Another attempt to formally agendize face mask enforcement amid the COVID-19 pandemic as a future council action item fell short at last week's Pleasanton City Council meeting.
Mayor Jerry Thorne and Councilwoman Julie Testa supported agendizing the issue during matters initiated by council on Sept. 15, but no other council members joined to give them a necessary majority.
The subject had been brought forward by the two and failed to gain support during the Sept. 1 council meeting as well. That same evening, the Dublin City Council unanimously passed an emergency ordinance to issue fines for residents who fail to wear a face covering in public.
First-time violations for not wearing a mask in public within Dublin city limits are $100, followed by $200 for the second offense and $500 for each subsequent violation thereafter in a year.
Dublin council and city staff said the idea of enforcement is meant to increase public awareness and encourage participation and support. Individuals will not be stopped in Dublin by law enforcement, but complaints and staff reports about large unmasked gatherings will be addressed.
A "Mask Up for Livermore" social media campaign recently launched as well; Livermore was the first Tri-Valley community to adopt a mask ordinance and $100 penalty for not publicly wearing a mask.
Instead of tickets, however, city employees in Livermore have been tasked with handing out masks to people without one, and mostly monitor around downtown and the San Francisco Premium Outlets. No fines for not wearing masks had been issued in Livermore as of Sept. 9, according to officials.
Vice Mayor Kathy Narum along with councilmembers Jerry Pentin and Karla Brown, who are both currently running in the mayoral seat this fall, appeared in a "Mask up, Pleasanton" video produced by the city in July promoting the wearing of face coverings, but said nothing during Thorne and Testa's motion earlier this month.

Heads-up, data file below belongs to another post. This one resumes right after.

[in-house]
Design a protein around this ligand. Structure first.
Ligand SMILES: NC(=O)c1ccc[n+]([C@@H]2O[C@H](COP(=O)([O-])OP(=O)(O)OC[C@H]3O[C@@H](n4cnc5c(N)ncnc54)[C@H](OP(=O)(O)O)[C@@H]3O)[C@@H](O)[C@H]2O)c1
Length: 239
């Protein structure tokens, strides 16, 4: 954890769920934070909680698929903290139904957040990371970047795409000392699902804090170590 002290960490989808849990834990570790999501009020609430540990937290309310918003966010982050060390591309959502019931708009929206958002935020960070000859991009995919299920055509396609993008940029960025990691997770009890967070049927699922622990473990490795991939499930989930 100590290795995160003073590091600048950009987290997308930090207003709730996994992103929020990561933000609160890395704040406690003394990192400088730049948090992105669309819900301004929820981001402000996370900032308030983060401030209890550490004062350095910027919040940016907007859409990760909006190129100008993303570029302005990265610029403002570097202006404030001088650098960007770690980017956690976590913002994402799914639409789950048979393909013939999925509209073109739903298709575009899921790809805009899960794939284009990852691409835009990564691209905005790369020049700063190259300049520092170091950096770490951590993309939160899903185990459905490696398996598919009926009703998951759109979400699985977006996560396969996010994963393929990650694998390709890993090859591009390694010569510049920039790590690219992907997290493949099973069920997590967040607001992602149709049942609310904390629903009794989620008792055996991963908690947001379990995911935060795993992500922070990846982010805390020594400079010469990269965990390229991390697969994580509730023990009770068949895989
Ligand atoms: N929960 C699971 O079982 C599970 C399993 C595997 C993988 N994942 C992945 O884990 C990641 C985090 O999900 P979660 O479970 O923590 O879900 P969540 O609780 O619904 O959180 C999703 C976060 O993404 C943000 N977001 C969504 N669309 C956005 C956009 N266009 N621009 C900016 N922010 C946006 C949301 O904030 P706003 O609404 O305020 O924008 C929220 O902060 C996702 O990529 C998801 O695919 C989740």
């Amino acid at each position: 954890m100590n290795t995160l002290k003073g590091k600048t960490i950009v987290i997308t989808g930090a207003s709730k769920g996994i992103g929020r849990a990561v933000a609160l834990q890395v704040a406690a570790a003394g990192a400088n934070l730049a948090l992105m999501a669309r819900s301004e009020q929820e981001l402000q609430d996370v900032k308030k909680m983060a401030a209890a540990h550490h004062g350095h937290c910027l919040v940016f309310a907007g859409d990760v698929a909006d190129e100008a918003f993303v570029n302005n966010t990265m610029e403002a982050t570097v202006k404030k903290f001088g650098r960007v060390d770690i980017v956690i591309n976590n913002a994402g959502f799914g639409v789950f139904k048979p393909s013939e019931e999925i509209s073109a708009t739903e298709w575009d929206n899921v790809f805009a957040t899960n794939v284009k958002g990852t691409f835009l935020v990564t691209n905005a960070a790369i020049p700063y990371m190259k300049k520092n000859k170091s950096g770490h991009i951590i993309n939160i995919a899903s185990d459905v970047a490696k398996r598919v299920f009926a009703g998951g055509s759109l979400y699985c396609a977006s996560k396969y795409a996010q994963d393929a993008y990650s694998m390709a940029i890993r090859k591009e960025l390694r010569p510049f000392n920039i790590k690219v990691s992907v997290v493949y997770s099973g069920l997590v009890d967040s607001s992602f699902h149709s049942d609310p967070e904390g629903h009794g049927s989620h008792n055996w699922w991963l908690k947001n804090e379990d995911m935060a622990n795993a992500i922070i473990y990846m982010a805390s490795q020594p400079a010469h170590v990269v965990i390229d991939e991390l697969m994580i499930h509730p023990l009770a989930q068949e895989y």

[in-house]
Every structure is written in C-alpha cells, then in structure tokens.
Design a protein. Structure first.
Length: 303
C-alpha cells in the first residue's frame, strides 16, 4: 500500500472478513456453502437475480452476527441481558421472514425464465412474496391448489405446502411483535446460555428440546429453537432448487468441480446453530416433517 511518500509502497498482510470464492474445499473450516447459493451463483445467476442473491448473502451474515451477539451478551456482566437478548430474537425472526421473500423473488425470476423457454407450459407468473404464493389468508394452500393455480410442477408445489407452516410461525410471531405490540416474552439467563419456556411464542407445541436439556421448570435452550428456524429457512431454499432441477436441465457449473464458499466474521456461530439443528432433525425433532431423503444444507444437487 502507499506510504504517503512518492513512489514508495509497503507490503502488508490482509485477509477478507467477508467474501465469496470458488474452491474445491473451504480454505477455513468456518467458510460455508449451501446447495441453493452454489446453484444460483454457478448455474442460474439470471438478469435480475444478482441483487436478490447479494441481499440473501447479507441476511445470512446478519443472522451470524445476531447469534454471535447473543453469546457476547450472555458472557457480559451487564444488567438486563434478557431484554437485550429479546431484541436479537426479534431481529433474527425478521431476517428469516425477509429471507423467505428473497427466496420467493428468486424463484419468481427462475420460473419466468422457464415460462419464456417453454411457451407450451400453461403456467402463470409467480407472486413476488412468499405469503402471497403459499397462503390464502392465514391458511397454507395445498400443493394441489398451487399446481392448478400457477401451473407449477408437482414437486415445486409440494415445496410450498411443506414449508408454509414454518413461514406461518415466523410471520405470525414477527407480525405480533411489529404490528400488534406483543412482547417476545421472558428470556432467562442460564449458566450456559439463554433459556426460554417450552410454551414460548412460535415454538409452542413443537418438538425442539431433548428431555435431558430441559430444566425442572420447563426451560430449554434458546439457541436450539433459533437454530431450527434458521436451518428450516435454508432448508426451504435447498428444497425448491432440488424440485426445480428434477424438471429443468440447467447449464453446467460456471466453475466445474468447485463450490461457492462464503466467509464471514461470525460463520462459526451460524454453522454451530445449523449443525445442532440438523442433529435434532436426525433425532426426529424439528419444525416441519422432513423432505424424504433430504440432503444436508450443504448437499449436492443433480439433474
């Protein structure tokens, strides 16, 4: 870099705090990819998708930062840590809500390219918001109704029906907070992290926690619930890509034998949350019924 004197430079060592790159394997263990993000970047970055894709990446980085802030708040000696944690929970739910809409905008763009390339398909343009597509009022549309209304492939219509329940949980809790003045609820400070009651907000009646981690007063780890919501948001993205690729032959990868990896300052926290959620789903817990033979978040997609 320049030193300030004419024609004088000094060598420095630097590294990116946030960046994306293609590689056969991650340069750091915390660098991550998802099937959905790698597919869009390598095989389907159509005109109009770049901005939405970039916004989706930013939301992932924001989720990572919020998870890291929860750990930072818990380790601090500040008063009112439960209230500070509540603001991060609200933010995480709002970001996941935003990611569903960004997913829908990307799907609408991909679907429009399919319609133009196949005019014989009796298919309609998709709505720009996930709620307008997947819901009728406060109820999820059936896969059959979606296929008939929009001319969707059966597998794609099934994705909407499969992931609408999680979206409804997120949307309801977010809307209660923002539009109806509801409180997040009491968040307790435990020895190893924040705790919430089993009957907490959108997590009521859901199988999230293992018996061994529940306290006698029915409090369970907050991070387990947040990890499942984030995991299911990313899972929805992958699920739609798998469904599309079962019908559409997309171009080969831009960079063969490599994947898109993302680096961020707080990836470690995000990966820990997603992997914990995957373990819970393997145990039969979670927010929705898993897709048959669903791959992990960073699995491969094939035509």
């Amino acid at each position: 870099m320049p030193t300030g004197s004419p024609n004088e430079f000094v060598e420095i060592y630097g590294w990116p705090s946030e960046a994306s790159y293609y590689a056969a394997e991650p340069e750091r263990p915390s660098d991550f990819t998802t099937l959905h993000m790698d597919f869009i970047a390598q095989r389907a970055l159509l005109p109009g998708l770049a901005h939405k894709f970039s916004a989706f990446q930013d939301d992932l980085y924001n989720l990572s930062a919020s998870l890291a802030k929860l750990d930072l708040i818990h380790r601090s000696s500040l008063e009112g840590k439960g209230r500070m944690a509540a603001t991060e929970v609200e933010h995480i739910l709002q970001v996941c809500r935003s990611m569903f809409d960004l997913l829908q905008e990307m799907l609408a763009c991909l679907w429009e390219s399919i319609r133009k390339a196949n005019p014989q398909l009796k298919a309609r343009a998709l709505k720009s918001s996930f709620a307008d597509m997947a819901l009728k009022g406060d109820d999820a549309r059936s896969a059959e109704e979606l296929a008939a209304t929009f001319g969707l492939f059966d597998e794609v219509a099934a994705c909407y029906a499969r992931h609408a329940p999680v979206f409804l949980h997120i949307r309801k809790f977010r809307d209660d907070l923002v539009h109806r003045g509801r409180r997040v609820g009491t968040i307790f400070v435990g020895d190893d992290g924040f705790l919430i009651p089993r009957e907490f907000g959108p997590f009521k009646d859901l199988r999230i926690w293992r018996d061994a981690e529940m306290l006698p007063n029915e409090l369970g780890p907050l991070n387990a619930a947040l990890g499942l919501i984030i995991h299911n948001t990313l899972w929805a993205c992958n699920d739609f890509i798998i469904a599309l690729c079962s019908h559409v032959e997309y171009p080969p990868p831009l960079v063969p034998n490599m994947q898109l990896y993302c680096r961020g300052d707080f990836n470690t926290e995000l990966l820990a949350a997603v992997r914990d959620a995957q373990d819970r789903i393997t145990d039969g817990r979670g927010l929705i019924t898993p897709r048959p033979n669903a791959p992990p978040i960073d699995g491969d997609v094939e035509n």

Nearly a dozen audience members expressed support for mask enforcement during the public comment portion on Sept. 15.
"I feel extremely uncomfortable knowing that our vice mayor and two mayoral candidates, all experienced politicians, do not support a motion that would literally save lives," resident Emma Reddy said, concluding, "We can do more as a city, and more as a council."
Later that evening, before the second agendization request vote, Testa addressed the speakers and said, "I do want those speakers to know that they're being heard."
"I absolutely do believe all of those comments that they have made," Testa said. "I am uncomfortable when I go out and people aren't wearing masks. I hear so much from people in the community, so many people who have said they don't want to go to our wonderful downtown dining right now because they feel that there's too many people."